Random Thoughts about E-Books

(1) Several months ago, I shared the hope that I would become more consistent about reading the Bible. Since then, I’ve found the answer. It involves reading the Bible on an iPad. My problem with a printed version of the Bible is that I have never wanted to mark the pages. Annotations seemed counterproductive, because I knew the same passage might strike me differently when I came upon it again during a future reading. This reluctance limited my engagement with the text. But with an electronic version—which seems more ephemeral—I don’t have the same reluctance. I touch the text, sculpt it, and use my typing fingers to append my own reflections. The Bible has become not only a nearer experience to me, but a more tactile one.

(2) Bible-study apps are great reference tools, but they are practically useless if all you really want to do is read the Bible. The features of the app (maps, commentary, concordance, etc.) all just wait there irritably while I read, indignant over the fact that I have no use for these features while I am just slowly absorbing the text. After buying two such apps, I downloaded an unadorned copy of the Bible for little or no cost, and this is what I read.

(3) A whole lot of e-books are available for little or no cost, include great books. Compare that to a physical bookstore. Obtaining a public-domain work of great literature from a physical store actually imposes various costs, because it takes time and gasoline to get to the store, and even a second-hand copy of the book will cost a few dollars. But with an e-reader, literature is often free. The greatest works of the Western canon tend to be available at no cost as instantaneous downloads. Tonight—I dare you—take advantage of this. Download a classic book you’ve always wondered about and devote an hour or two of your evening to seeing whether what you have always believed about this book is true.

(4) A lot of my reading is in the early morning before dawn—my favorite part of the day. Books I read during this time must be printed. An e-reader won’t do, for multiple reasons: (A) I am afraid of spilling coffee on it, and (B) with the iPad, I am always aware of the declining battery life, of electrons spilling away. I imagine this loss as a faint hum, and in the quietest hour of the day, I imagine I can hear it.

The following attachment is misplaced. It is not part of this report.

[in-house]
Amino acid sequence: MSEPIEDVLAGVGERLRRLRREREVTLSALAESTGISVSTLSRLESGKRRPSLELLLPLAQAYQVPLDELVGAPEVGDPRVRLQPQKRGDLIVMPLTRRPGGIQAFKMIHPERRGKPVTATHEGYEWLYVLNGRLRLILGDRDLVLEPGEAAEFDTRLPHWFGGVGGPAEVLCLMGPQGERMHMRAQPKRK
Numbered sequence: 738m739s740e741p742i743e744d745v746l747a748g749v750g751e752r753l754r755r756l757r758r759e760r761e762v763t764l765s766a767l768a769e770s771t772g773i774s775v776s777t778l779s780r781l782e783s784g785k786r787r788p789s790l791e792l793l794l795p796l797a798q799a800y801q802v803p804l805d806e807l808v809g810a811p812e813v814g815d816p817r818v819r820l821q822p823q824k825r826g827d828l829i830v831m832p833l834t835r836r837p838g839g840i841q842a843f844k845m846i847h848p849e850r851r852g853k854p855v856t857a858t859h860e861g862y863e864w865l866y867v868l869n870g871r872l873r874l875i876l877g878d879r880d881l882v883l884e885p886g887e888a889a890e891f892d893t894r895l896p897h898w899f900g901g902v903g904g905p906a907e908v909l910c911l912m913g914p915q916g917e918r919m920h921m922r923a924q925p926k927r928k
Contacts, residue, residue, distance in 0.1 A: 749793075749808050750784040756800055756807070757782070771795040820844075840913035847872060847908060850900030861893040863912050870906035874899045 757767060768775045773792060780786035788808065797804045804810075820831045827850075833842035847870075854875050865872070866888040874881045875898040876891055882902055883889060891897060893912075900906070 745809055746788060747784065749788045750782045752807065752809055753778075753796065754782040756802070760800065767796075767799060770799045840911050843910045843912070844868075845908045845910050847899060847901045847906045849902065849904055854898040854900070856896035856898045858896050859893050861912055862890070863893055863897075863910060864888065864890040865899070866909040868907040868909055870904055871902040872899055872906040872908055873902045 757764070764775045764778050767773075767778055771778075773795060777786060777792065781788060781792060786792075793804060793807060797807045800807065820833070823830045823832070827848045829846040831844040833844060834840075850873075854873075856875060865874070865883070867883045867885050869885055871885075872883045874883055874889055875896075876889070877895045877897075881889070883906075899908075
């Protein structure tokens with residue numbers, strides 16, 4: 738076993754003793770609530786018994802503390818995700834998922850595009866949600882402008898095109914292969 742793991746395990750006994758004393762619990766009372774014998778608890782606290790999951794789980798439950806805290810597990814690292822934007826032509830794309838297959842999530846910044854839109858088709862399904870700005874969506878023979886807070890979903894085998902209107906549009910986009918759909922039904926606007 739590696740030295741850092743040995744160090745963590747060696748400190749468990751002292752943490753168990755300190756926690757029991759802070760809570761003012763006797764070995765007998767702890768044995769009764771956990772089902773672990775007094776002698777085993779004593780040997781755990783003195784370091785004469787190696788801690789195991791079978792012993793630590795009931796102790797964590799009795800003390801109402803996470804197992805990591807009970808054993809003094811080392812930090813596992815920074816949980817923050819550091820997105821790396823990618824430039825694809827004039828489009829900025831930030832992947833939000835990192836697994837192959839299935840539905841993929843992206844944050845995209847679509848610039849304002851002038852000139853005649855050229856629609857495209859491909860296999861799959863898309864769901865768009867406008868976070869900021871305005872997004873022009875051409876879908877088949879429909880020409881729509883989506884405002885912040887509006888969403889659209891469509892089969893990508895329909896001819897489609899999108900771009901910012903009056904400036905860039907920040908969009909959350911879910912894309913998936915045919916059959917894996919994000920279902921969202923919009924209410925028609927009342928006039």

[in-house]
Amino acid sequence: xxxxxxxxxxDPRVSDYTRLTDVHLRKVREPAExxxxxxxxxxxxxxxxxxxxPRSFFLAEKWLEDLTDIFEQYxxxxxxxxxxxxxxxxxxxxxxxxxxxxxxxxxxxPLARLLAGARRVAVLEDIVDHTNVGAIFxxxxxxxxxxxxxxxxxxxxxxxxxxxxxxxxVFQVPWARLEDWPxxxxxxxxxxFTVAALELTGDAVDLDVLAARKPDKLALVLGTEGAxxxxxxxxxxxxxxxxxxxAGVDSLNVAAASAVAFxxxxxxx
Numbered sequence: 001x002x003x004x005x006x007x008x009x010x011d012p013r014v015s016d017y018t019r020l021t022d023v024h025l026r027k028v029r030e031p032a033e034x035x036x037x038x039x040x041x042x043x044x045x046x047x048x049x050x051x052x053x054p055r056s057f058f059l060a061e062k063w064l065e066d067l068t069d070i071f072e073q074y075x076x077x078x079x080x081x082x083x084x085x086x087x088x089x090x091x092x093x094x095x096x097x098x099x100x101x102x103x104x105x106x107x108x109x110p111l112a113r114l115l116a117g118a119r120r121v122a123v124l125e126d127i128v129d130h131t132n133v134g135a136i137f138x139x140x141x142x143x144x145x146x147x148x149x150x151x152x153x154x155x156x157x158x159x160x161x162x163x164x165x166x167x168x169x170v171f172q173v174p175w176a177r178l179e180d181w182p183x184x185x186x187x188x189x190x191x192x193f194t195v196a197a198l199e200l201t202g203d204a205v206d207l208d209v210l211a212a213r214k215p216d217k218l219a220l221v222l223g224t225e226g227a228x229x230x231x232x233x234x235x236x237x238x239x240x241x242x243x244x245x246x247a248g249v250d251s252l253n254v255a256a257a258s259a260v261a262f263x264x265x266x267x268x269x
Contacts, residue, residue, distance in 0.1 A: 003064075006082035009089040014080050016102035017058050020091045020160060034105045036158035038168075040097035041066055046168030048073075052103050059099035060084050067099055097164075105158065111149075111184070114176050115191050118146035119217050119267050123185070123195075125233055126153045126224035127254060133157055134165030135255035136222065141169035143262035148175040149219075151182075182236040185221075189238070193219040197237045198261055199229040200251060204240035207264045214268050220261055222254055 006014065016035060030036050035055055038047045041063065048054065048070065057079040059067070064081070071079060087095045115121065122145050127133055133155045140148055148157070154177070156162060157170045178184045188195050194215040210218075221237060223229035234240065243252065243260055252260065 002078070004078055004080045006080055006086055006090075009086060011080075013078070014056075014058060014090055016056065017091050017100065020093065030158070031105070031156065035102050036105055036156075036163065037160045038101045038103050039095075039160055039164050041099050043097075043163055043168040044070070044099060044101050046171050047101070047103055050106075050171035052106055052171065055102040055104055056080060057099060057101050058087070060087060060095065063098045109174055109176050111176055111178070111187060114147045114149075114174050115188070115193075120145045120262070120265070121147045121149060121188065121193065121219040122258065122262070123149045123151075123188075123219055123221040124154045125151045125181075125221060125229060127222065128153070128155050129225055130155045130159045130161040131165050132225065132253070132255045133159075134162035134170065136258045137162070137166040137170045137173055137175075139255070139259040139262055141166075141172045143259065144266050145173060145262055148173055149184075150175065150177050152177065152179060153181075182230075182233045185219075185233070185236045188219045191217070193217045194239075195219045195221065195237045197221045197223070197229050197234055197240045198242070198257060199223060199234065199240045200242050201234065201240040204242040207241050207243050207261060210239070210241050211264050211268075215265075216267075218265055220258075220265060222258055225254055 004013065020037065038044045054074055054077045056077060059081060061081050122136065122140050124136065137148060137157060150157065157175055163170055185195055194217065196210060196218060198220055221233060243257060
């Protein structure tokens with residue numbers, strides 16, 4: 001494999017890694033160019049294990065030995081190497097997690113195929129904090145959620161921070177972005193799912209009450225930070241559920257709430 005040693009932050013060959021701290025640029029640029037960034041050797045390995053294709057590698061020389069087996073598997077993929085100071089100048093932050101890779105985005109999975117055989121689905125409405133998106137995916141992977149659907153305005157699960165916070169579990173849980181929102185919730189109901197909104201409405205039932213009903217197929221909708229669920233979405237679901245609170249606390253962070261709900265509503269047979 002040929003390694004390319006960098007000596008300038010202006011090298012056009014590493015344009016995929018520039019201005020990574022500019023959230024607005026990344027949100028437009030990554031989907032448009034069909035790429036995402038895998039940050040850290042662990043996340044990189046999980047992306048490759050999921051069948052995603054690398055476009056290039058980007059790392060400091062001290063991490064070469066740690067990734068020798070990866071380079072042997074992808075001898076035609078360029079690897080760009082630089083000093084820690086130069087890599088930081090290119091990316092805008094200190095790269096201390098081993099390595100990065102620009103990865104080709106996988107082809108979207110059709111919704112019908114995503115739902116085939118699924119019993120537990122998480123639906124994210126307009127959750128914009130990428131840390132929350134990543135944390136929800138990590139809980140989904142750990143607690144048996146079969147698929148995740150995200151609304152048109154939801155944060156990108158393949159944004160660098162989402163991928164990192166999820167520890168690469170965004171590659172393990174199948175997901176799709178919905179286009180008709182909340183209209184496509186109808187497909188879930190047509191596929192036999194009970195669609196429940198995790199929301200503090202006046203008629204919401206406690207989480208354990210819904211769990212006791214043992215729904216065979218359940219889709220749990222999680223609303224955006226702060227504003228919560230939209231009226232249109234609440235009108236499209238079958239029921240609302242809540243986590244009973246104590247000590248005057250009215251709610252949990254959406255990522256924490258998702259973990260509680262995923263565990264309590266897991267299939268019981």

(5) Here is the wonder of e-books: The reading experience changes, because all of our information resources are right there within the screen. If I question one of the book’s assertions or if I want to follow one of the book’s asides, I can highlight the relevant text and springboard off of the words into Google or Wikipedia. The book lives within a sea of connections, and I, the reader, freely swim that sea.

(6) Here is the horror of e-books: The reading experience is challenged, perhaps fatally so. All of our distractions are right there in the screen, including email, social media, video, and the rest. A worthwhile book is a like chin-up for the mind; it is a chance to win a victory and an elevated perspective at the price of a focused exertion. But given all the distractions within the reading device itself, how many will still make this exertion? How many will still see the effort through, in the face of so many enticing reasons not to?

(7) At my local Barnes & Noble, there was a giant banner announcing the latest version of the company’s “Nook” reader. And the scene on this banner—which, again, was hanging in a bookstore—showed the Nook being used to watch a movie.

(8) Blogs and e-books go together. Blogs demand concise expression. The majority of blog posts (including this one?) are too long. However, the pressure on the blogger to at least try to be concise helps focus the idea. This focusing is excellent preparation for an e-book, which offers the freedom to be brief. Print books do not afford the same freedom, because justifying the cost of printing and binding calls for a certain minimum quantity of pages. This is just one important way in which printed books and e-books differ in more ways than just how the text is served.